Components it “for any security countermeasure to

Components it “for any security countermeasure to

Components of Physical Security Steven Looney Student ID: 4168626 SCMT397 Physical Security Professor Robert D Baker October 25, 2011 Components of Physical Security In physical security, there is no one measure that can fulfill all security needs for any one facility. Therefore, security measures must be designed in layers.

According to Lawrence Fennelly “physical security is the most fundamental aspect of protection, it is the use of physical controls to protect the premises, site, facility, building, or other physical asset” (2004).The many components or layers of security measures are what make up good physical security. The assets being protected and the nature of the threat to the asset will dictate the amount of physical security used to protect it “for any security countermeasure to be effective, the threat has to be clear. ”(Pepper 2010) Whether you are protecting warehouse goods or special nuclear material, layering security controls is the key to good physical security and protecting the asset.

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The outer perimeter for a facility or business will depend on where it is located and the type of facility it is.For an office, building in a downtown environment the outer perimeter would be the outer wall of the building. If the facility is more spread out, for example, a chemical production plant, the outer perimeter is usually marked with a wall or fence on the property line, but the outer perimeter could also be a natural barrier as well, like a lake or river. Fences are the most common type of barrier used today. Fences can vary in size and how they are used, which in return affect the effectiveness and level of protection. A fence can be used in many different ways.It can be used as a barrier to restrict access to an area, and keep unauthorized persons out, or it could be used merely as a delay barrier design to slow an attacker or adversary down allowing responding security force members time to take actions to defend the facility.

Being reasonable in cost and reasonable easy to setup, the most common type of fence is the chain link fence. Unlike walls and other types of fences, chain link fences also give a clear view of both sides of the area. Enhancements can also be made to a fence to make it more effective.Razor wire or barbed wire can be attached to the top of the fence, making it more complicated for an intruder to climb over.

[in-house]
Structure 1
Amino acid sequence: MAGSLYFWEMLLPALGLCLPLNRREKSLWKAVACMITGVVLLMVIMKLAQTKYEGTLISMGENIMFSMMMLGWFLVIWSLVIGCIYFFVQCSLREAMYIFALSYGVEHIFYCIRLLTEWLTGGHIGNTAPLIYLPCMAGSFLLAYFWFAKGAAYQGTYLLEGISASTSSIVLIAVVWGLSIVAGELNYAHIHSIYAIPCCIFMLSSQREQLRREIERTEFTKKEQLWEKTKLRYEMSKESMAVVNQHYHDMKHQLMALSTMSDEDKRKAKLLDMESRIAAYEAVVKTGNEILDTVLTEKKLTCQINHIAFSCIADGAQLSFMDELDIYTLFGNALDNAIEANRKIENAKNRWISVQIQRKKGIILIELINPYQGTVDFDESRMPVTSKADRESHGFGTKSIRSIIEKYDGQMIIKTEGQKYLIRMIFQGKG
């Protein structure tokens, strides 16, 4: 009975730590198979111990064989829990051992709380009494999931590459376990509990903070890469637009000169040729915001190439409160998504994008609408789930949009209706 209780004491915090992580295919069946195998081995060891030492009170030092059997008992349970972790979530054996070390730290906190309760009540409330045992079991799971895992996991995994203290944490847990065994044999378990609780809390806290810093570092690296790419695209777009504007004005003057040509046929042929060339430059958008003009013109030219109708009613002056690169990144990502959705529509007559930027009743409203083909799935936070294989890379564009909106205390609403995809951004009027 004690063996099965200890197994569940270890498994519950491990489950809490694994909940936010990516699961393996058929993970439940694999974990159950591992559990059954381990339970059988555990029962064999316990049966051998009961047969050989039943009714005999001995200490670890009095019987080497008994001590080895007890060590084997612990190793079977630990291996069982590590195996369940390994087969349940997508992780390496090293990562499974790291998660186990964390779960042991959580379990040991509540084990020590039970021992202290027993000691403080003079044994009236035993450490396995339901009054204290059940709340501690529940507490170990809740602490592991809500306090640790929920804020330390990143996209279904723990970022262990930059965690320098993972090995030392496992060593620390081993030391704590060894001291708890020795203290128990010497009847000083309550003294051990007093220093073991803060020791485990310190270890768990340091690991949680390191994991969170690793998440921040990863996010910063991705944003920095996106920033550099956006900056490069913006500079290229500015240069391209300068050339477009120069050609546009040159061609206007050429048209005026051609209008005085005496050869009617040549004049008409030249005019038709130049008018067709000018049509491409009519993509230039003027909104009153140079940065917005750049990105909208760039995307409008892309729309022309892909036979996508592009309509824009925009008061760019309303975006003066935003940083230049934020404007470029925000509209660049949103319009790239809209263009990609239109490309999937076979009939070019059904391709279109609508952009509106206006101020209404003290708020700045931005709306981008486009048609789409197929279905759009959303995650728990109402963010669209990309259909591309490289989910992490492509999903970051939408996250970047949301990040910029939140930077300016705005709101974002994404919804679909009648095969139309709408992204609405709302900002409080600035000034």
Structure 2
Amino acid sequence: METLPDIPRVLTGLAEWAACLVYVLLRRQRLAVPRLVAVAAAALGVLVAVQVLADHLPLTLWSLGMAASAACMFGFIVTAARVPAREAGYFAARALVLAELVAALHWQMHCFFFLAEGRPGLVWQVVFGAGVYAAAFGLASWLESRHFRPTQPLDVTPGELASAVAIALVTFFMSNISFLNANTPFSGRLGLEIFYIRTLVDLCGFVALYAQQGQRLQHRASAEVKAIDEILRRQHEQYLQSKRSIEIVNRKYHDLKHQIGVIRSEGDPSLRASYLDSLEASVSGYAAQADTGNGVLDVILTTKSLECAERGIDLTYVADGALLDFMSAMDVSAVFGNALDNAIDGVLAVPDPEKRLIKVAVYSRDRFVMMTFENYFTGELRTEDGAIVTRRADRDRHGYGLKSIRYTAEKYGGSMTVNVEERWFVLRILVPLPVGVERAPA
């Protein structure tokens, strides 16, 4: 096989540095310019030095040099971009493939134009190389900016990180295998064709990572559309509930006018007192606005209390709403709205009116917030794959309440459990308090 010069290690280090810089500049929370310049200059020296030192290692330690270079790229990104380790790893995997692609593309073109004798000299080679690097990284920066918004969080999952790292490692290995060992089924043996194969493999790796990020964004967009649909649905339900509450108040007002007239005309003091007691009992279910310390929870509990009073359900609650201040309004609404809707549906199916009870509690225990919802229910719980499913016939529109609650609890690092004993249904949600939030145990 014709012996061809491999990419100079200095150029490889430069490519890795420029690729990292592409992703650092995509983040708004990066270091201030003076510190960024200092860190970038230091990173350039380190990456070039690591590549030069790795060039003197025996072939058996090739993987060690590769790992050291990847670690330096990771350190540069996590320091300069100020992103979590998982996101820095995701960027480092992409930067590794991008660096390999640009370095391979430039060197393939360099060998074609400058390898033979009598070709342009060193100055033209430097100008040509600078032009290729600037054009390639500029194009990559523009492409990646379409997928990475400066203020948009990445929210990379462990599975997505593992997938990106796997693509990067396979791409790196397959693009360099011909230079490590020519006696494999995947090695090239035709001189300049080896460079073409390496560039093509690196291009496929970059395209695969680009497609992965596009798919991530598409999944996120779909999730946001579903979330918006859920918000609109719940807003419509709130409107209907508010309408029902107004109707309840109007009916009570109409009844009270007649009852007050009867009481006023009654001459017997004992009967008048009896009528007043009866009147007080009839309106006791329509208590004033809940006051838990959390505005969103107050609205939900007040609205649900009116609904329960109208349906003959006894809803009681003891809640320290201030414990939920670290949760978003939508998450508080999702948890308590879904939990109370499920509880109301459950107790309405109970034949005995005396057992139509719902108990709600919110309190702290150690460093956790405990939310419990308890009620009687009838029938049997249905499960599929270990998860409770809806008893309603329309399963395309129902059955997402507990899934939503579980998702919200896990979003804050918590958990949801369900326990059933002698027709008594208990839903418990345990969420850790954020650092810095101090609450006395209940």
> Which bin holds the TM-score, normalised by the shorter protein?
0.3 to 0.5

Alarm systems can also be attached to a fence. Any fence used as a perimeter barrier should be at least seven feet high or high enough it could not be easily scaled. A fence should also be close enough to the ground as to leave a gap big enough for an intruder to crawl underneath it. Fences should also be checked on a regular basis for damage to the fence fabric and washouts underneath it. Walls can also be constructed on the outer perimeter to form the first layer of physical security.Walls can be harder to penetrate than a fence, and you would not have to worry about washouts or intruders going underneath a wall. However, walls can cost more than a fence; also, visibility in the perimeter area is lowered.

With a wall, you cannot see the other side without some kind of assistance. Like with a fence, a wall can be enhanced with razor or barbed wire to make scaling the wall more difficult. When the wall of a building is used as the outer perimeter than that changes things.

Intruder climbing the wall are no longer looking to get to the other side, but intruders are looking to gaining access to the roof.In addition, monitoring and controlling access at all building openings becomes critical. The outer perimeter can also have a vehicle barrier as well. Vehicle barrier system may be necessary for facilities that run a high risk of a vehicle attack of some sort, for example, a nuclear power plant. Vehicle barriers can be integrated into the perimeter fence or further inward, wherever it would be more effective, the different types of vehicle barriers are; aircraft cable, blocks, walls, and natural barriers like ditches.Most nuclear facilities have good examples of vehicle barriers in place.

Most nuclear facilities must protect against a vehicle carrying a set amount of explosives. Therefore, a vehicle barrier system must be a part of their physical security to protect the facility. Natural barriers can also be effective as perimeter barriers. Natural barriers are natural land marks used as a perimeter barrier, such as lakes, rivers, cliffs, and difficult terrain. The effectiveness of a natural barrier depends on the type of natural barrier it is, and how it is used in physical security measures.Therefore, Lawrence Fennelly offers this example to explain how the type and usage of a natural barrier can affect the effectiveness of the barrier, “a body of water may be very effective in keeping pedestrian traffic away from your property but not very effective at keeping boat traffic from your property” (2008). Man-made barriers can also be placed to enhance the natural barrier, like in the example a wall or fence can be placed in the area to keep boat traffic away from the property.